Pointing to vacated Shawmut Ave, which would be restored under the development plan approved last year by the La Grange village board of trustees, Gillis asked if LGFP's members could accept the road if it was determined that route was necessary to provide timely access for police, fire and paramedics responding to an emergency at the park during a sporting event. The judge said the concern was on her mind as a friend's husband had been stricken with a heart attack recently at a park in another community. The husband survived in part because of a fast response by paramedics.
Tom Beyer, an attorney for LGFP, said that many in the group were adamantly opposed to restoring the roadway, calling it a "deal breaker." He also noted that Aaronson, who by this time had left the courtroom to catch a flight back to his home in Atlanta, had said the roadway was no longer needed for his downsized project.
There appeared to be agreement on both sides that the village strongly wanted to see Shawmut Ave restored, but no one seemed certain who in the village administration was calling the shots regarding the roadway.
Like ARP, the village is not a party to the litigation but is a pivotal player in any settlement scenario. No representative of the village has attended any of the petition hearings.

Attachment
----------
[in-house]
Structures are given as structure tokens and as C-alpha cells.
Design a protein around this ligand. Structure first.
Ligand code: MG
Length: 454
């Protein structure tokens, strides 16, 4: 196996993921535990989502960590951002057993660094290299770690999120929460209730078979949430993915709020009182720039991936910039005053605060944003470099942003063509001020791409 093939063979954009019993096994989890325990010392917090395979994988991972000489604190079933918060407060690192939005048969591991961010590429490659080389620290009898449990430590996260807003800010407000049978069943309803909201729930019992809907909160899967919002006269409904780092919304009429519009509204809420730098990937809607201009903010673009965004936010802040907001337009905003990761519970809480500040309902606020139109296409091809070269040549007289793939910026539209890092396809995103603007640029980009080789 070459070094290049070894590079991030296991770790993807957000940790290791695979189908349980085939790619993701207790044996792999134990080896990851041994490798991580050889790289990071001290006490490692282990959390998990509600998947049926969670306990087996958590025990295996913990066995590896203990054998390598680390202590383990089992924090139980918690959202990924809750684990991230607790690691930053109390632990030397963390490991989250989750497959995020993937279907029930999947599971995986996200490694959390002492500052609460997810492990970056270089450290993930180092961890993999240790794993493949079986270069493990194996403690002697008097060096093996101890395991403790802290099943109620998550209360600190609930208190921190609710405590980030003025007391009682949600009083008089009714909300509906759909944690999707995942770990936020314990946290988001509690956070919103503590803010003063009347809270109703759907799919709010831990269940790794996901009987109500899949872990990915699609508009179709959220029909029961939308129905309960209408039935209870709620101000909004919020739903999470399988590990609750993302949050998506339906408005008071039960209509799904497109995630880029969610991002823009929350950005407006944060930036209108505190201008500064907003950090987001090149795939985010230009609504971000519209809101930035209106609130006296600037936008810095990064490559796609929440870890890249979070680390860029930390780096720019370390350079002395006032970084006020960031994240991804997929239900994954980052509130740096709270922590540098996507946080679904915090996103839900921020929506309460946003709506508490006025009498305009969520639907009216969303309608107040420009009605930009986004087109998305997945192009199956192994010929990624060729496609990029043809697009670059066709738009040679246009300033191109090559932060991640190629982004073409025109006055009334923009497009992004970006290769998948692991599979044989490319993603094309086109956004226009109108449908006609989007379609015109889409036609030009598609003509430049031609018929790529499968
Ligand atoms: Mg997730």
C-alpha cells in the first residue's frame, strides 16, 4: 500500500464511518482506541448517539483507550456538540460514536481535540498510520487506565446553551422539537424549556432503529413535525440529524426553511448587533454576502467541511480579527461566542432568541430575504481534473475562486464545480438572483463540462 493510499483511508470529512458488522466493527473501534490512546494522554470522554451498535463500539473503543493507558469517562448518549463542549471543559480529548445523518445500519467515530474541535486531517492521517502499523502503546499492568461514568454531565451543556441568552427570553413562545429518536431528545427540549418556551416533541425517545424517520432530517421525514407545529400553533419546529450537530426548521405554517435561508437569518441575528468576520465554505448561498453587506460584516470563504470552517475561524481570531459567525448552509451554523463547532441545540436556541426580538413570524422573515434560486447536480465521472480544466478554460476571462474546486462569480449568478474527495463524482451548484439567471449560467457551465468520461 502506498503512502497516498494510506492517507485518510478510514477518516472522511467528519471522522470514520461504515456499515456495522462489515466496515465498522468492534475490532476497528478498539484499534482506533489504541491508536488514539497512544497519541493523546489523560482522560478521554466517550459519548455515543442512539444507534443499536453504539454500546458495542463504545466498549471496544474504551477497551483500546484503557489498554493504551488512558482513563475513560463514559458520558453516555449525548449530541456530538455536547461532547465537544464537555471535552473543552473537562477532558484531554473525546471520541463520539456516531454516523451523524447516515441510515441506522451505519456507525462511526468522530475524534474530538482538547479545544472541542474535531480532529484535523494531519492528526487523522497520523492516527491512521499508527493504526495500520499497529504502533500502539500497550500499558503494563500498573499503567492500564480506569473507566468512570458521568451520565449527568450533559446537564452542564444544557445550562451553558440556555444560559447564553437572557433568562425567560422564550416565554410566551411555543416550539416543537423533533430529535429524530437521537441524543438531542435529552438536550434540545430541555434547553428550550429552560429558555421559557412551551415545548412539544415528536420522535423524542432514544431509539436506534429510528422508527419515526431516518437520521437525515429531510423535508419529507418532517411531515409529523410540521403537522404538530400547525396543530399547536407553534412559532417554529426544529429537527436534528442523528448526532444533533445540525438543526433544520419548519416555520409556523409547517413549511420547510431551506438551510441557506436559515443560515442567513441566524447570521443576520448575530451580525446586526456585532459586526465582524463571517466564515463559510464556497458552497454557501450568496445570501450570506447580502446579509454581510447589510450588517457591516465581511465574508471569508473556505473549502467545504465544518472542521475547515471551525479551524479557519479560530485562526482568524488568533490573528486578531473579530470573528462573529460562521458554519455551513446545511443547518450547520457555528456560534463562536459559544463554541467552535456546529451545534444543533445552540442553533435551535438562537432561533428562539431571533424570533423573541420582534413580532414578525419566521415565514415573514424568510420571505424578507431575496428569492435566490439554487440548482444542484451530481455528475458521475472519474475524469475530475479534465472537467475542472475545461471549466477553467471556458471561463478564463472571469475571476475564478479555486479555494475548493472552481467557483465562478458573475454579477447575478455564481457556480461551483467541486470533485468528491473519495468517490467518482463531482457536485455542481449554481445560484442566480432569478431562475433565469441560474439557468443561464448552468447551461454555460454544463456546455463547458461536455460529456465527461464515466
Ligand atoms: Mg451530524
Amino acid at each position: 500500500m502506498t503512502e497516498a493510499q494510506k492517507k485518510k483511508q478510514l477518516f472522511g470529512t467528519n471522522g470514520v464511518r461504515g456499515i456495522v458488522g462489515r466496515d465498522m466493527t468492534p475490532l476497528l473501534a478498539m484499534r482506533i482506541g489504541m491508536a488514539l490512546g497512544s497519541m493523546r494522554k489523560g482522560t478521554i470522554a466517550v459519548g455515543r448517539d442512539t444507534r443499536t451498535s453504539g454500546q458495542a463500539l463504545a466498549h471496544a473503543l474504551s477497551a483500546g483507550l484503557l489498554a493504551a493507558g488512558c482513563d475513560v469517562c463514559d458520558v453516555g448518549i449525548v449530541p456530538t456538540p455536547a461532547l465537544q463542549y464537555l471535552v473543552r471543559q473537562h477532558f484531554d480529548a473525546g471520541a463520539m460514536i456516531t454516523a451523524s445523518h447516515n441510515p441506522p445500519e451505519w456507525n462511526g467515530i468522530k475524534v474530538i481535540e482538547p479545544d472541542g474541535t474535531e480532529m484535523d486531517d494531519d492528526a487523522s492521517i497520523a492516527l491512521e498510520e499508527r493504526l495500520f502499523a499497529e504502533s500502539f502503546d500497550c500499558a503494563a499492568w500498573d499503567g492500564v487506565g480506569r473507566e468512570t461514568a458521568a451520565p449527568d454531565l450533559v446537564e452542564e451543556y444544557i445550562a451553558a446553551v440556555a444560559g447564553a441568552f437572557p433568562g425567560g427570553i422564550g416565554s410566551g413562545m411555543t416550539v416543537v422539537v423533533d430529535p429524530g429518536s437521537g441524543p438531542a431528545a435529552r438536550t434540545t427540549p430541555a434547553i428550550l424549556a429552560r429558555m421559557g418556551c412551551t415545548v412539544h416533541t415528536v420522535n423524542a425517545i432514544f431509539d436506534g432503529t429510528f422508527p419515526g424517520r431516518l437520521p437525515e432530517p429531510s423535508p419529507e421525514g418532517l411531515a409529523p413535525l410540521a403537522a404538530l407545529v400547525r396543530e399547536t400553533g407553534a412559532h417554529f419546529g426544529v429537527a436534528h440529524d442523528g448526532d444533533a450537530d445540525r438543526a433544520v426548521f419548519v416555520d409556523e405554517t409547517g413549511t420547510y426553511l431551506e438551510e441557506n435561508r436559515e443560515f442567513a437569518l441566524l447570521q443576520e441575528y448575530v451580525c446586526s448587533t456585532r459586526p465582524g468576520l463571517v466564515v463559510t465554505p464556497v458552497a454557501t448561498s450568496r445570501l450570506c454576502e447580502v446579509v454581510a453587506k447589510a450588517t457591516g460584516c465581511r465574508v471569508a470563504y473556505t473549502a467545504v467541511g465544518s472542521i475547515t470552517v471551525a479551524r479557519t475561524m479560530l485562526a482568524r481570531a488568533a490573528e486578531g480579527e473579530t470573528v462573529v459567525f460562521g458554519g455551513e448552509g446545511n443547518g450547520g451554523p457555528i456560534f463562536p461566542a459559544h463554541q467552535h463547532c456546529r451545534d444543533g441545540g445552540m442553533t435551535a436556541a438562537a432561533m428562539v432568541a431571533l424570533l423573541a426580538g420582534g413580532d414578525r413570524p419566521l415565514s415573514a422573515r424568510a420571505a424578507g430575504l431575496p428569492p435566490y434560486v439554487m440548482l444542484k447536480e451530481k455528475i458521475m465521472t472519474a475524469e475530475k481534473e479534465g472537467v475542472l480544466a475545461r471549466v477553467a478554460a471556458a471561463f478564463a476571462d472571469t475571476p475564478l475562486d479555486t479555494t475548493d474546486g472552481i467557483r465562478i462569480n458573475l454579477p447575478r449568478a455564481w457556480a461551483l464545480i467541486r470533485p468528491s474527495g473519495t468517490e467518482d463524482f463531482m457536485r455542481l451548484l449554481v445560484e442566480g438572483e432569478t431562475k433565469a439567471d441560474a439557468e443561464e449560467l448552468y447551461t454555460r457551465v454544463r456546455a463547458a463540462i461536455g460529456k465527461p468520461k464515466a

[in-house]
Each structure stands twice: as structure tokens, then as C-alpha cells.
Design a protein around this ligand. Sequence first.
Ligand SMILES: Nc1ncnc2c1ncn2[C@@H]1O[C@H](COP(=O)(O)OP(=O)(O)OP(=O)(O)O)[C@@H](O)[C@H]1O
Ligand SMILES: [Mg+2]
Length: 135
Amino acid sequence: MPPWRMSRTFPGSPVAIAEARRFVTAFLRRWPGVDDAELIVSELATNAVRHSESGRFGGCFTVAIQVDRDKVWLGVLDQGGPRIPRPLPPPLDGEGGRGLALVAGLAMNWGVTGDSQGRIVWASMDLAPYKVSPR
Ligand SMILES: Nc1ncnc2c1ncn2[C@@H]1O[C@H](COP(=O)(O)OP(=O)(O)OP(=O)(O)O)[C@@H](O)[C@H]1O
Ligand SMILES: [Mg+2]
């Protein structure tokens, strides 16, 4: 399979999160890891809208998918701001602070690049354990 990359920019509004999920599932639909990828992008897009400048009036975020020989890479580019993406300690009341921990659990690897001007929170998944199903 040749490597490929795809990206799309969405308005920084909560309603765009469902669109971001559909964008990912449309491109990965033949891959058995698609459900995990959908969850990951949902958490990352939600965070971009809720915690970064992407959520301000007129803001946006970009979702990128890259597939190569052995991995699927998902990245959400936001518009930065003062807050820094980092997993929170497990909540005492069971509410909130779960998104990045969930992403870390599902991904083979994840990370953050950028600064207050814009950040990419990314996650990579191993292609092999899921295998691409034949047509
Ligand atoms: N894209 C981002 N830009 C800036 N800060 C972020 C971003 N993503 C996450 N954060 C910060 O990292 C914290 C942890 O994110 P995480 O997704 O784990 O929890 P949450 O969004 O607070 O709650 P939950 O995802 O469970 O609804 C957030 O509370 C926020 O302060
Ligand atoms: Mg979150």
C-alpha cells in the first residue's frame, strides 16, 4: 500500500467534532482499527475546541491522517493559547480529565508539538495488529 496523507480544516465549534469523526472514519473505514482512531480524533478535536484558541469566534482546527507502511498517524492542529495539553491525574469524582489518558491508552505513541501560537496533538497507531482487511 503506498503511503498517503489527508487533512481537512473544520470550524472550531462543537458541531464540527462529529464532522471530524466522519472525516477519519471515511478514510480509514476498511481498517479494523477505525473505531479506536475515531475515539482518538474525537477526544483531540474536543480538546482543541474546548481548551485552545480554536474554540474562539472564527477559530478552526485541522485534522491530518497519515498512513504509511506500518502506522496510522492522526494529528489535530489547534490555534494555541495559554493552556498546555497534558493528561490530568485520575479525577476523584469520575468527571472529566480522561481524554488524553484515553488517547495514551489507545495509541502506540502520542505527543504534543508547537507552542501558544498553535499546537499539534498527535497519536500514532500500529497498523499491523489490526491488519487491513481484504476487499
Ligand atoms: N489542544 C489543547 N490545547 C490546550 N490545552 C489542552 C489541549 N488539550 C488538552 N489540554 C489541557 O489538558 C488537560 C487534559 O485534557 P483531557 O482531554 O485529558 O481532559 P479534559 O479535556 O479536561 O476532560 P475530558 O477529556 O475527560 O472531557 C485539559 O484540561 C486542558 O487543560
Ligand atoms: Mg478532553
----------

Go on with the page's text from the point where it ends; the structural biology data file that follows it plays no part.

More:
Gillis noted that the park district had offered to convert into green space the parking lot it had acquired from the village in exchange for vacated Shawmut Ave. Would that not compensate for the green space lost if the road were restored? Gillis asked Beyer.
Beyer said the group's main concern regarding a restored Shawmut Ave is that it might leave the door open for the park district to attempt to sell the larger park parcel to another developer at a later date. That is why the group sought assurances from the park district that the parkland be protected in perpetuity.
Gillis said the she would not attempt to restrict future park districts from taking action, if necessary and appropriate, to sell parkland.
Mary Ellen Penicook, a park district commissioner, asked if preparing a land-use design for the parcel would address some of the group's concerns.
Shapiro said the parcel withdrawn from the sale would be joined to the rest of Gordon Park by a lighted walkway" to be built around the park perimeter as part of the planned improvements.
When pressed, Beyer said that he and several members of LGFP at this point simply did not trust the park district and the village to make good on any promises without a legally binding document.
Gillis encouraged all involved to make every effort to reach an agreement before the December hearing.
"Everybody needs to think about what they need to give up in order to reach a settlement," the judge said.
Rob Bush, general counsel to the park district, was the one who suggested the impromptu talks as the scheduled hearing on the discovery motion was ending. He said later the talks were meaningful if not conclusive.
“They're like chicken soup,” Bush said. “I figured they couldn’t hurt.”